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Materials discovered using the new cloud computing effort from Harvard and IBM could be used to create flexible organic semiconductor cells able to be printed and woven onto bags or clothing to provide power for gadgets.  (Source: Martin LaMonica/CNET Networks)
Joint project looks to exploit the power of computing clouds to discover new useful solar materials

The use of cloud or distributed computing models is well-established, but still a growing field.  Projects like Folding@Home have taken off, allowing researchers to gain the idle computing power of thousands of volunteers to help crunch the numbers on tricky problems.

In the realm of chemical research, one of the most active fields is solar power.  Much ongoing research is devoted to creating better chemical compounds for solar panel material and even developing organic semiconductors which could make flexible panels with good yields.  However, in order to pick the optimum molecule millions of separate molecules must be individually assessed for their potential capabilities.  This requires a vast amount of computing power, making such efforts prohibitive in the past.  Thus, past solar materials research has largely been a process of slow progress by experimentation.

A new IBM and Harvard University partnership aims to bring solar cell chemistry up to speed technologically.  The new program harnesses the power of grid computing to evaluate numerous organic molecules for their potential as organic semiconductor material in solar panels.  The program is part of IBM's World Community Grid project, an initiative which lends support to many non-profit projects seeking to answer humanity's most pressing problems.  The project already has ongoing cloud computing efforts to find new AIDS drugs and to develop more nutritious rice.

Organic cells are lighter than silicon cells or other inorganic semiconductor cells.  They are also flexible and could be printed cheaply using organic inks containing the semiconducting compound.  Also, some organic materials can absorb a broader spectrum of light than silicon-based cells, allowing them to produce power even indoors.  However, they currently are extremely inefficient and break down far too quickly for commercial use.

Harvard researcher Alan Aspuru-Guzik says the new project will use multiple volunteers' computers to cut down the computing time to analyze the simulated solar efficiency of various organic candidate molecules.  He said that without the cloud's help the project would take 22 years, but with the power of distributed computing, it will finish in just about 2 years.

He states, "It would take us about 100 days of computational time to screen each of the thousands of compounds for electronic properties without the power of World Community Grid."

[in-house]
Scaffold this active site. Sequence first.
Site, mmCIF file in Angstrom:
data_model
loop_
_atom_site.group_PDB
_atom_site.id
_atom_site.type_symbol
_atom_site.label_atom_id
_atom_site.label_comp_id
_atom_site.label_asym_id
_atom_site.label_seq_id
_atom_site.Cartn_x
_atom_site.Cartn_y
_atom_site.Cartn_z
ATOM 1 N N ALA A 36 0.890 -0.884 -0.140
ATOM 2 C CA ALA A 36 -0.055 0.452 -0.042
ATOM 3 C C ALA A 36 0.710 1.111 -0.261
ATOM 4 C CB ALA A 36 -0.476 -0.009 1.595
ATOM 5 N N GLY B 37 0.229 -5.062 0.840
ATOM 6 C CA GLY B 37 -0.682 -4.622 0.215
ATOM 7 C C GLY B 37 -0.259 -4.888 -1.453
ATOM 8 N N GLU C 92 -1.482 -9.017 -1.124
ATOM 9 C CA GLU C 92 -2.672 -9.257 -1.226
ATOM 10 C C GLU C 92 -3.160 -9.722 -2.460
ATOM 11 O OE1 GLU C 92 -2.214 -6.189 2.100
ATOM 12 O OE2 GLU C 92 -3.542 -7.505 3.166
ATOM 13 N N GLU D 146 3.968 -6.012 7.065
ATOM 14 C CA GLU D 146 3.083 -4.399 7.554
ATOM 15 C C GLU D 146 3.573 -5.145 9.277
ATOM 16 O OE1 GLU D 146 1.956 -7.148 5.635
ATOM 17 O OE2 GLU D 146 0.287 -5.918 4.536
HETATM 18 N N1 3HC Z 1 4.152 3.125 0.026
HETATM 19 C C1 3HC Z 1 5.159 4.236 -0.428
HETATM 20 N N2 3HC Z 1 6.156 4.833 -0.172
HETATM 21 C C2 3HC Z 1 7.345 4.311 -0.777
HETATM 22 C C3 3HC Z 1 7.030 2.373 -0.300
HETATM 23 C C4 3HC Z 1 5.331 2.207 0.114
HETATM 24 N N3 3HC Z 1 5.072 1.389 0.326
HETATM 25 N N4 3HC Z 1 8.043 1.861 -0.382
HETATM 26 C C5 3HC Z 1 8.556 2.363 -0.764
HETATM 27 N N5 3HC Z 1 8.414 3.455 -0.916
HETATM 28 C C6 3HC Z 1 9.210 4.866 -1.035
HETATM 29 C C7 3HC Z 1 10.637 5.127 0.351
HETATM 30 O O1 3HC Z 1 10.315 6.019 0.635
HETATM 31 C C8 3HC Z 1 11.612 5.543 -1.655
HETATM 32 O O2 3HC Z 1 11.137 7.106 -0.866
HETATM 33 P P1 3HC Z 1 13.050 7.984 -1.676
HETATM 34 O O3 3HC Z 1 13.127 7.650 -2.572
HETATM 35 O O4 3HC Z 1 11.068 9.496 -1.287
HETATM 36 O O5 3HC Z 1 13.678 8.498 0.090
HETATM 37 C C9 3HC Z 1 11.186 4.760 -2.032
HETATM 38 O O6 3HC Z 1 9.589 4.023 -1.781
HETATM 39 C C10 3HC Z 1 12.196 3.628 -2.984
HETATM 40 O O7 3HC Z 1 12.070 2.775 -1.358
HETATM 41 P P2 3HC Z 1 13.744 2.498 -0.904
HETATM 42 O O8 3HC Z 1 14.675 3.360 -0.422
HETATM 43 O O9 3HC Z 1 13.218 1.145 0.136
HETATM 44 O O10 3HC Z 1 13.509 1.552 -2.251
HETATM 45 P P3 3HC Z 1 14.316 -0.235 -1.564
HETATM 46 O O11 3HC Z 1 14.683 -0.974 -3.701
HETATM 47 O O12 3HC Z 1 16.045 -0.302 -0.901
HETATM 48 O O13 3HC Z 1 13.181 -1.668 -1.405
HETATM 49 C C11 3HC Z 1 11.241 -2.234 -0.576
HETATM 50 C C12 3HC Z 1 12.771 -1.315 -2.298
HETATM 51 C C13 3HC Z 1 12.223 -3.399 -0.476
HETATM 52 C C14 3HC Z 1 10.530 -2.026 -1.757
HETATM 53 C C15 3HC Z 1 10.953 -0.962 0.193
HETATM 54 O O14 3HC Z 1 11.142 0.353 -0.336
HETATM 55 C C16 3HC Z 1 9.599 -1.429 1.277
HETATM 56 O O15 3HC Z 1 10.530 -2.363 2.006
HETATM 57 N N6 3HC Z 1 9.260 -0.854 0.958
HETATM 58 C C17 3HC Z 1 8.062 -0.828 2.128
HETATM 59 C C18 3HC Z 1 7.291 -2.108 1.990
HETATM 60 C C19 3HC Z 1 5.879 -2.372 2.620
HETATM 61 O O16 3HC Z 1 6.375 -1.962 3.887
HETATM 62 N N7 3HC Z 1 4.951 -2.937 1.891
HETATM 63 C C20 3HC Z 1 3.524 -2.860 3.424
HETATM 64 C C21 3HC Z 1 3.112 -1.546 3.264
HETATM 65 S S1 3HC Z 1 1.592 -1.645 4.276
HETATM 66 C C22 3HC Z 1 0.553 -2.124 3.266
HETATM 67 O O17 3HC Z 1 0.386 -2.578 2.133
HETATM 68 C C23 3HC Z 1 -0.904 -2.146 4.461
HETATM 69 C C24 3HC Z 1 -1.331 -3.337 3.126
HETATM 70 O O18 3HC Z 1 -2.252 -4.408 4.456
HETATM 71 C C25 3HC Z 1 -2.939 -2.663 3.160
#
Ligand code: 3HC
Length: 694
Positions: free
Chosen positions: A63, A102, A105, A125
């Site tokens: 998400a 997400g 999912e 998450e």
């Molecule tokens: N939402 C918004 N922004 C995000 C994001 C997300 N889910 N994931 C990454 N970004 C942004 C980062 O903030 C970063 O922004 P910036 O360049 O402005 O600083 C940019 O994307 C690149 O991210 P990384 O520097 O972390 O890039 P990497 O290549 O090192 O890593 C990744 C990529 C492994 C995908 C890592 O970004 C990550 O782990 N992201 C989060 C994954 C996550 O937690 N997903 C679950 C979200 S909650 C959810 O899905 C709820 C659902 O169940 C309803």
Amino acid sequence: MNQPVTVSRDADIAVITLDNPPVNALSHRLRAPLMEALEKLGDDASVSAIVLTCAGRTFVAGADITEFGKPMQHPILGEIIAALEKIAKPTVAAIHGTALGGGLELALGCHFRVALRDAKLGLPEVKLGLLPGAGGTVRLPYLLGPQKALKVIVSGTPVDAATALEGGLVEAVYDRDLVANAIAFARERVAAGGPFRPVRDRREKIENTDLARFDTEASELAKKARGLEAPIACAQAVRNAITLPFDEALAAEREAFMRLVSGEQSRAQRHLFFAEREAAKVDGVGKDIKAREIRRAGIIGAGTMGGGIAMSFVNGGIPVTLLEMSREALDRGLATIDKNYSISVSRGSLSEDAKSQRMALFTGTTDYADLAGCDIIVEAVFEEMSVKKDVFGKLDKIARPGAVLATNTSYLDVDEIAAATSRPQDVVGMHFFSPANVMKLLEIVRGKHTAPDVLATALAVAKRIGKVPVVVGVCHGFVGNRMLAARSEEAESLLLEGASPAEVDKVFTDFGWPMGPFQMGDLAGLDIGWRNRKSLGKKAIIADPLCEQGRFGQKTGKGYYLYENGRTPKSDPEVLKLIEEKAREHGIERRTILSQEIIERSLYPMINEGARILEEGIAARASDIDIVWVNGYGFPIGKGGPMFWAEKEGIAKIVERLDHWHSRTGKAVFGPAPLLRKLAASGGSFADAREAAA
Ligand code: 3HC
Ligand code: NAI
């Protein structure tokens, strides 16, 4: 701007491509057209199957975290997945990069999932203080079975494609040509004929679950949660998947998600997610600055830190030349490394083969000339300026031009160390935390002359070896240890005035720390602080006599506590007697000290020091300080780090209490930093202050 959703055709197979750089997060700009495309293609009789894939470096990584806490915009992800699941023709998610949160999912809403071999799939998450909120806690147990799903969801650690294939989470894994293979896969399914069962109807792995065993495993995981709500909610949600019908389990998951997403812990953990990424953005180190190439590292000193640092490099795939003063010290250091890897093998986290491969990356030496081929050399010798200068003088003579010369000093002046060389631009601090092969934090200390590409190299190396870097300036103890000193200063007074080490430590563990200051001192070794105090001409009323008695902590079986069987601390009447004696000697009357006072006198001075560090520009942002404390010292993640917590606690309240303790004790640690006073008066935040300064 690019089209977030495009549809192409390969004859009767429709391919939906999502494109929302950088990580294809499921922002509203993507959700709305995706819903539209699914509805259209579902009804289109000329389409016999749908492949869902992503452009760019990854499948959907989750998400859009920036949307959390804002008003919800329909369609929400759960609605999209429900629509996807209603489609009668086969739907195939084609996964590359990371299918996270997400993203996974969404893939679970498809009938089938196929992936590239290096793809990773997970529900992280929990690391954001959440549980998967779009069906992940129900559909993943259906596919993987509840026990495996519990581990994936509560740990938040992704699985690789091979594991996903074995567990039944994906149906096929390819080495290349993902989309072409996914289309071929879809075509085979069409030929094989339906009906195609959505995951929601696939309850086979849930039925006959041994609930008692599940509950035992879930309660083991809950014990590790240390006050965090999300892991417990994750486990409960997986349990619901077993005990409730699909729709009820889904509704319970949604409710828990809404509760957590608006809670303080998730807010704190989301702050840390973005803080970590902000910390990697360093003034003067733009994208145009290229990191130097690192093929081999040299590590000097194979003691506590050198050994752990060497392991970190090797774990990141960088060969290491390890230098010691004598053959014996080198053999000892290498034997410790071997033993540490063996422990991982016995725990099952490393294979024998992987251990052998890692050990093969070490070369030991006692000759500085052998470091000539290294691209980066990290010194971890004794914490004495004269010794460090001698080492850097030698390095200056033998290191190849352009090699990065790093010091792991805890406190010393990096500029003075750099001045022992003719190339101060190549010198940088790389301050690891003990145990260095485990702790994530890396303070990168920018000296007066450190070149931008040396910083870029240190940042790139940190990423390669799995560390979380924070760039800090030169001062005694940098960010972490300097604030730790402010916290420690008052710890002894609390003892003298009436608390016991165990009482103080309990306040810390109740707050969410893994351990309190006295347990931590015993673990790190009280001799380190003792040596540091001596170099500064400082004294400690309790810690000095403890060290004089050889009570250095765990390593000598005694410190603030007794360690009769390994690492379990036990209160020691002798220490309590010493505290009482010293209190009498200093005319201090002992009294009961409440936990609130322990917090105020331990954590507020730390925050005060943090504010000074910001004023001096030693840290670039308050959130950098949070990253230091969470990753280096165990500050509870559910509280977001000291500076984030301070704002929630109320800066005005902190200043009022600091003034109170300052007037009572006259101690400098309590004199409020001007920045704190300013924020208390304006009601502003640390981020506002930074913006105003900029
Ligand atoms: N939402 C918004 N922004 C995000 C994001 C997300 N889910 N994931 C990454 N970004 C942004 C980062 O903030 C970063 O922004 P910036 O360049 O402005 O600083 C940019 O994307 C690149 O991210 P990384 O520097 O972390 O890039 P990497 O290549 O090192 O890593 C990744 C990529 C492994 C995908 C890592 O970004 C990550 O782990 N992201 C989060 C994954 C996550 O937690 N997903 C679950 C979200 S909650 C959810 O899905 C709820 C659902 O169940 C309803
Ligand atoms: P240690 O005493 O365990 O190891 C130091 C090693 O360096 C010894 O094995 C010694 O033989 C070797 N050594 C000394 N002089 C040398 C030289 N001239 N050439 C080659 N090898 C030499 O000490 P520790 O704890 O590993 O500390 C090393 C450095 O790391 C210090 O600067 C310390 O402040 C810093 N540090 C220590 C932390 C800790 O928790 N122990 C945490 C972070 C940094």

IBM itself is very much vested in solar research, too.  It has an ongoing program to research thin-film solar cells using CIGS (a combination of copper, indium, gallium, and selenide) and a program to build next-generation solar-concentrator cells.  It also has been developing smart grid power usage software for businesses and utilities.



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RE: Pay me for my CPU cycles
By jRaskell on 12/8/2008 1:09:21 PM , Rating: 5
You're paying your own electric bill, so in effect them using those unused CPU cycles is indeed costing you money, and it could be a lot more than most people realize.

1. I don't leave my home computer powered up 100% of the time. The difference between my current usage (which over-estimating is about 5 hours a day), and a situation where it's running near 100% 24/7 is almost 20 bucks a month.

2. Even if I did leave my home computer on 24/7, the difference between idle power consumption and 100% cpu usage power consumption still is not insignificant.

So, it currently is NOT a win/win situation, since those unused CPU cycles are by no means free at all. Whether the cost is worth it or not is a personal decision.


RE: Pay me for my CPU cycles
By Suntan on 12/8/2008 3:42:31 PM , Rating: 2
Well, I said I wished they “offered” a setup. I didn’t say everyone “should be required to use it.”

First, I have a media PC that is on from 5pm to midnight every night so it is available to record and playback TV shows. Neither activity takes all that much of the CPUs time. So it is there and available. I also have a laptop going a good portion of the time for surfing while watching TV, surfing web pages doesn’t take too much power either so it is mostly available.

As for added power consumption, yeah that’s there, but that would be part of them paying you for the access to your CPU cycles.

-Suntan


RE: Pay me for my CPU cycles
By Moishe on 12/10/2008 1:34:19 PM , Rating: 2
I'm basically in the same position as you. HTPC, multicores and other computers. Some always on. I'd sign up for that.

I actually did a test once to see what kind of power savings I could get. I went from 100% uptime napster or gaming box to just having it on when I used it and I saved $20/month.

Even recovering a portion of the electricity cost would be nice and science would get something out of it. I'd sign up for that.


"If you look at the last five years, if you look at what major innovations have occurred in computing technology, every single one of them came from AMD. Not a single innovation came from Intel." -- AMD CEO Hector Ruiz in 2007














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